Bottled water is up to 3,500 times worse than tap water

A new study compares the health and environmental impacts of individual water consumption choices in Barcelona.


Most people prefer bottled water over tap water as it is convenient to carry and drink on the go. The quality of tap water is also a concern. 

Bottled water vs. tap water: which one is best? When it comes to health and the environment, it was found that the impact of bottled water is several times higher than previously believed, suggests a new study by the Barcelona Institute for Global Health.

The bottled water market globally is rapidly growing, with approximately 700 million households consuming bottled water. A previous study has suggested that this trend can be partly explained by subjective factors like risk perception, taste, odor, lack of trust in public tap water quality, and marketing by bottled water companies.

This new study focused on three different water consumption choices: bottled water, tap water, and filtered tap water.

The quality of tap water changes according to location. Scientists in this study focused on the city of Barcelona due to the robustness of available data. Using a Life Cycle Assessment (LCA) method, scientists estimated the damage to ecosystems and resource availability. They also determined the indirect impacts on human health derived from bottled and tap water production.

The consequences in human health are estimated using Health Impact Assessment (HIA). For this, they used data on water consumption patterns and levels of chemical compounds in the water supply.

It was found that if the entire population of Barcelona decided to shift to bottled water, the production required would take a toll of 1.43 species lost per year and cost 83.9 million USD per year due to the extraction of raw materials. This is approximately 1,400 times more impact in ecosystems and 3,500 times higher cost of resource extraction than the scenario where the whole population would shift to tap water.

Cristina Villanueva, ISGlobal researcher and first author of the study, said, “Tap water quality has increased substantially in Barcelona since the incorporation of advanced treatments over the last years. However, this considerable improvement has not been mirrored by an increase in tap water consumption, which suggests that water consumption could be motivated by subjective factors other than quality.”

“One of these subjective factors is the perceived presence of chemical compounds in tap water. While it is true that tap water may contain trihalomethanes (THM) derived from the disinfection process and that THMs are associated with bladder cancer, our study shows that due to the high quality of the tap water in Barcelona, the risk for health is small, especially when we take into account the overall impacts of bottled water.”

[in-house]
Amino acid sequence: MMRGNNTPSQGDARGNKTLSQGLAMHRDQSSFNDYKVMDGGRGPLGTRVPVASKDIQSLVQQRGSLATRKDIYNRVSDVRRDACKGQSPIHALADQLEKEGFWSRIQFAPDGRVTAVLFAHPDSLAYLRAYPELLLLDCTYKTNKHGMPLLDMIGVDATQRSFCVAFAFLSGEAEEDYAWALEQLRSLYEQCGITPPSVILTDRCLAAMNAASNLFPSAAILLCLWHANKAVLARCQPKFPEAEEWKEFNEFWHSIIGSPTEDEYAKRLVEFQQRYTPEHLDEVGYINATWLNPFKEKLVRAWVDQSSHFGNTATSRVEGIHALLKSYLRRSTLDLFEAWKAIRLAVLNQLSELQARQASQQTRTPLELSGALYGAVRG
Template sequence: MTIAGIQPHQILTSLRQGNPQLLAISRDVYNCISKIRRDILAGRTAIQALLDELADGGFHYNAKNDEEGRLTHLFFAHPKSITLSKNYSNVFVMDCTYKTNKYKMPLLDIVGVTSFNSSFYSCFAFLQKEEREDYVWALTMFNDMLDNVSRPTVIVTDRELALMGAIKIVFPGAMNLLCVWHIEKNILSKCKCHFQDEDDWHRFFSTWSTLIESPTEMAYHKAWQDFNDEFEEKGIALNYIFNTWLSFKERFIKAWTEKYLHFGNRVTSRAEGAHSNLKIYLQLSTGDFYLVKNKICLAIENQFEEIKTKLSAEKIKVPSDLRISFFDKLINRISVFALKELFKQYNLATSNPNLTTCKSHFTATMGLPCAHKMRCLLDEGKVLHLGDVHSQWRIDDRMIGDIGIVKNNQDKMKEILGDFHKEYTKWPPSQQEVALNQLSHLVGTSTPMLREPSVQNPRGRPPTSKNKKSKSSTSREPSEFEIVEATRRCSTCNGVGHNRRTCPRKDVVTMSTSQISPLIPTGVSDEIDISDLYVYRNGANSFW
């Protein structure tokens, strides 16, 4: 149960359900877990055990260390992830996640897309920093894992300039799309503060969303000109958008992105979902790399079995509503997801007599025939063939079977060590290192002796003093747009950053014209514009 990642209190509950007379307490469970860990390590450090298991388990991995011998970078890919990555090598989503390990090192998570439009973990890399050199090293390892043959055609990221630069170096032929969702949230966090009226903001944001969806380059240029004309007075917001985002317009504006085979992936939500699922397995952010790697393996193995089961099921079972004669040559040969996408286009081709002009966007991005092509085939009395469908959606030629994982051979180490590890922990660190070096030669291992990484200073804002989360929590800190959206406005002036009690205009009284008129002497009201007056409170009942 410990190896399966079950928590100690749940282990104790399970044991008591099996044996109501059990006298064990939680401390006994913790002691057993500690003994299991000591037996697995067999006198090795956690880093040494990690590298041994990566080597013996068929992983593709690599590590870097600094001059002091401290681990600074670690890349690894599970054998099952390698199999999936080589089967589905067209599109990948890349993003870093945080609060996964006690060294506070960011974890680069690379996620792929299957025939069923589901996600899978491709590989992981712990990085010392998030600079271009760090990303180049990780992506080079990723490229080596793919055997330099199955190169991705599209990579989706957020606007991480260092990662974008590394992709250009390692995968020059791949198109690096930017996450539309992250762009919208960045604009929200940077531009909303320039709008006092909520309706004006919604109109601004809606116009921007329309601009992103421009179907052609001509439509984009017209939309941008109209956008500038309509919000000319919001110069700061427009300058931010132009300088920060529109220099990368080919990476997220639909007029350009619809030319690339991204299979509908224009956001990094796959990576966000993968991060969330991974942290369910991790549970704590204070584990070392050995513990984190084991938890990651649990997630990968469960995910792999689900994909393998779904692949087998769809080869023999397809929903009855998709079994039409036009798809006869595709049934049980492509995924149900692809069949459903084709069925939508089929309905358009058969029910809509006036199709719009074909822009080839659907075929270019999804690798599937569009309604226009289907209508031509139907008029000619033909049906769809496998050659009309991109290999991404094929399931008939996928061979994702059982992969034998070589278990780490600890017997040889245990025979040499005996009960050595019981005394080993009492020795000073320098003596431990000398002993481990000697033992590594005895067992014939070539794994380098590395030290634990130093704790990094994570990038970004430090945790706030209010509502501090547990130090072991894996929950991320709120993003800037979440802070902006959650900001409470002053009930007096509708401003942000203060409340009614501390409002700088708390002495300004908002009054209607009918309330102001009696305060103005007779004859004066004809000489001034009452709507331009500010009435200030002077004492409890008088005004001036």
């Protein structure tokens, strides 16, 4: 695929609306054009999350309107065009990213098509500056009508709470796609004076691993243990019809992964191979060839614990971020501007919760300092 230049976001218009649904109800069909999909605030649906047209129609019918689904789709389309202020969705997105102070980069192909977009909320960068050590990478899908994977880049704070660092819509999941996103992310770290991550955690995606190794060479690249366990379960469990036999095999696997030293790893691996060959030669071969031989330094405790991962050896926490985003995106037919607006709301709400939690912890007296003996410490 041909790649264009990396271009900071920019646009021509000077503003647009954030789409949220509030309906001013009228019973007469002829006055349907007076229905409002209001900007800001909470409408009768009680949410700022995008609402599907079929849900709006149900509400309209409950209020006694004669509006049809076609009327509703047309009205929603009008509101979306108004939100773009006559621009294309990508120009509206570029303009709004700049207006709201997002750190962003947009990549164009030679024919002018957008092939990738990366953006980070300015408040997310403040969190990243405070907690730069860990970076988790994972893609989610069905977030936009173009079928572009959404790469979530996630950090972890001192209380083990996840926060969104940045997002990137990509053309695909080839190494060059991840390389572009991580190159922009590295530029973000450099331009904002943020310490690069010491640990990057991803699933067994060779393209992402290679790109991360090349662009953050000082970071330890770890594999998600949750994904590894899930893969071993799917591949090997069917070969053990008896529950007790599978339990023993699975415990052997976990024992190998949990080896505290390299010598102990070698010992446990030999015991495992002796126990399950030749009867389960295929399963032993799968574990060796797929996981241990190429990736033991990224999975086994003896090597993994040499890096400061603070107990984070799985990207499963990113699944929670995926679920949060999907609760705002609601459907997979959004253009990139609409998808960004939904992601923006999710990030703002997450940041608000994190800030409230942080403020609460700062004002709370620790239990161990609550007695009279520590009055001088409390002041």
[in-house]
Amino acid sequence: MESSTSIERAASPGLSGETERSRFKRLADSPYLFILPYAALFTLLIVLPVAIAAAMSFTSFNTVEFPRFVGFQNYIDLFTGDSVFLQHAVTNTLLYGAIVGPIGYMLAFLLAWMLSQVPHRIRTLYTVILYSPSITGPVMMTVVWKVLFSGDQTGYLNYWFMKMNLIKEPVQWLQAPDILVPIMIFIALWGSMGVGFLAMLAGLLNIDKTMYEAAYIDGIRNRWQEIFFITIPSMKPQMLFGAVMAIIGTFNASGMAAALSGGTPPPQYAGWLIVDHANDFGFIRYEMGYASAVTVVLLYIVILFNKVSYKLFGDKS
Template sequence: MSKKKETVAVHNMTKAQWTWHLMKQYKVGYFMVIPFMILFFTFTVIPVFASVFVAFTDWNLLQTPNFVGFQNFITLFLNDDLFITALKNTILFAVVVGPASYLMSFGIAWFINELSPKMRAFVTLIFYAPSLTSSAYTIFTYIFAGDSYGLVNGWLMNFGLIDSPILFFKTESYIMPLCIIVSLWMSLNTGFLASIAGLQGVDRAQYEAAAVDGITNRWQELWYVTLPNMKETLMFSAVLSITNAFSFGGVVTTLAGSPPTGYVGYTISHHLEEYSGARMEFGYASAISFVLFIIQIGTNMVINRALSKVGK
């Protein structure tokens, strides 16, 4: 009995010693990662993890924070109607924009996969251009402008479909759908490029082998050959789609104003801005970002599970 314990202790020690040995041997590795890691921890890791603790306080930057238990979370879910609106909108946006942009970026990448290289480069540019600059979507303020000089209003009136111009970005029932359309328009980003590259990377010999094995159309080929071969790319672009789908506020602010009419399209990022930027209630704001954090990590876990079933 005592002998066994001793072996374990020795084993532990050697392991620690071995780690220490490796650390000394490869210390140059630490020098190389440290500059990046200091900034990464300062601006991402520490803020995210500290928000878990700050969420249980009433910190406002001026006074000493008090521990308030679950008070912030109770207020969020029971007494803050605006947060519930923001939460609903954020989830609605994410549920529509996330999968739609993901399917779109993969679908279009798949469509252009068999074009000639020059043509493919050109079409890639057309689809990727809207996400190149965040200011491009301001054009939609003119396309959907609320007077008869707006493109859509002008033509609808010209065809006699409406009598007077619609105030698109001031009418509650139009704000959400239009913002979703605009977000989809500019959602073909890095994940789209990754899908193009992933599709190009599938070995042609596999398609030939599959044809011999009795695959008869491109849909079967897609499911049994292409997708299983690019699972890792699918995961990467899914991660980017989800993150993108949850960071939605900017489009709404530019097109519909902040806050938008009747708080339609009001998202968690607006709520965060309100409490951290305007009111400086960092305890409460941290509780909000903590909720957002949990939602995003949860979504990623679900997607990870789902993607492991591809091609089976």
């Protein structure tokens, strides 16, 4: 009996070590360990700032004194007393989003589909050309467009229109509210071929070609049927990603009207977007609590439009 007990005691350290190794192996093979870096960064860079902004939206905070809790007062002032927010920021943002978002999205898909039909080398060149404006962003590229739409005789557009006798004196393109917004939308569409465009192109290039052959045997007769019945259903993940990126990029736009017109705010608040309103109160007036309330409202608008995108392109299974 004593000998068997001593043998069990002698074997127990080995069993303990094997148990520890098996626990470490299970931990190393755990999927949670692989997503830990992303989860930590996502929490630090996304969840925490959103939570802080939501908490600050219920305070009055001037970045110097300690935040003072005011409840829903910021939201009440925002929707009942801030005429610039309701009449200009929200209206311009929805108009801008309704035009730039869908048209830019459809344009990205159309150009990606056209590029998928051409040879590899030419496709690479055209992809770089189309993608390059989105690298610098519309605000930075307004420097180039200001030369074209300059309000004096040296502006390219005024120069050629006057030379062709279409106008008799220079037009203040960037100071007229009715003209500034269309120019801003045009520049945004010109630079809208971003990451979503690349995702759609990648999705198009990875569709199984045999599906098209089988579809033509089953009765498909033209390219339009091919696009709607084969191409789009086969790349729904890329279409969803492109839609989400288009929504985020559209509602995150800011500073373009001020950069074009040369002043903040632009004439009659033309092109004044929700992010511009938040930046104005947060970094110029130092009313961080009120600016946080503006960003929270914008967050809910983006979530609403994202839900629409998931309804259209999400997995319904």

According to results, shifting to tap water would save several lives and increase the overall number of years of life lost to 309 (which equals approximately on average 2 hours of lost life expectancy if borne equally by all residents of Barcelona). Those who are concerned about the quality of water can add domestic filtration to tap water.

Cathryn Tonne, ISGlobal researcher and last author of the study, said“Our results show that considering both the environmental and the health effects, tap water is a better option than bottled water because bottled water generates a wider range of impacts. The use of domestic filters and improving the taste and odor of tap water can substantially reduce THMs levels in some cases. For this reason, filtered tap water is a good alternative. Even though we didn’t have enough data to measure it’s environmental impactfully, we know it is much lower than that of bottled water.”

“However, the authors acknowledge that domestic filtering devices require an adequate maintenance for a proper performance and to avoid microbial proliferation.”

Journal Reference:
  1. Cristina M. Villanueva, Marianna Garfí, Carles Milà, Sergio Olmos, Ivet Ferrer, Cathryn Tonne, Health and environmental impacts of drinking water choices in Barcelona, Spain: A modeling study, Science of The Total Environment, Volume 795, 2021, 148884, DOI: 10.1016/j.scitotenv.2021.148884
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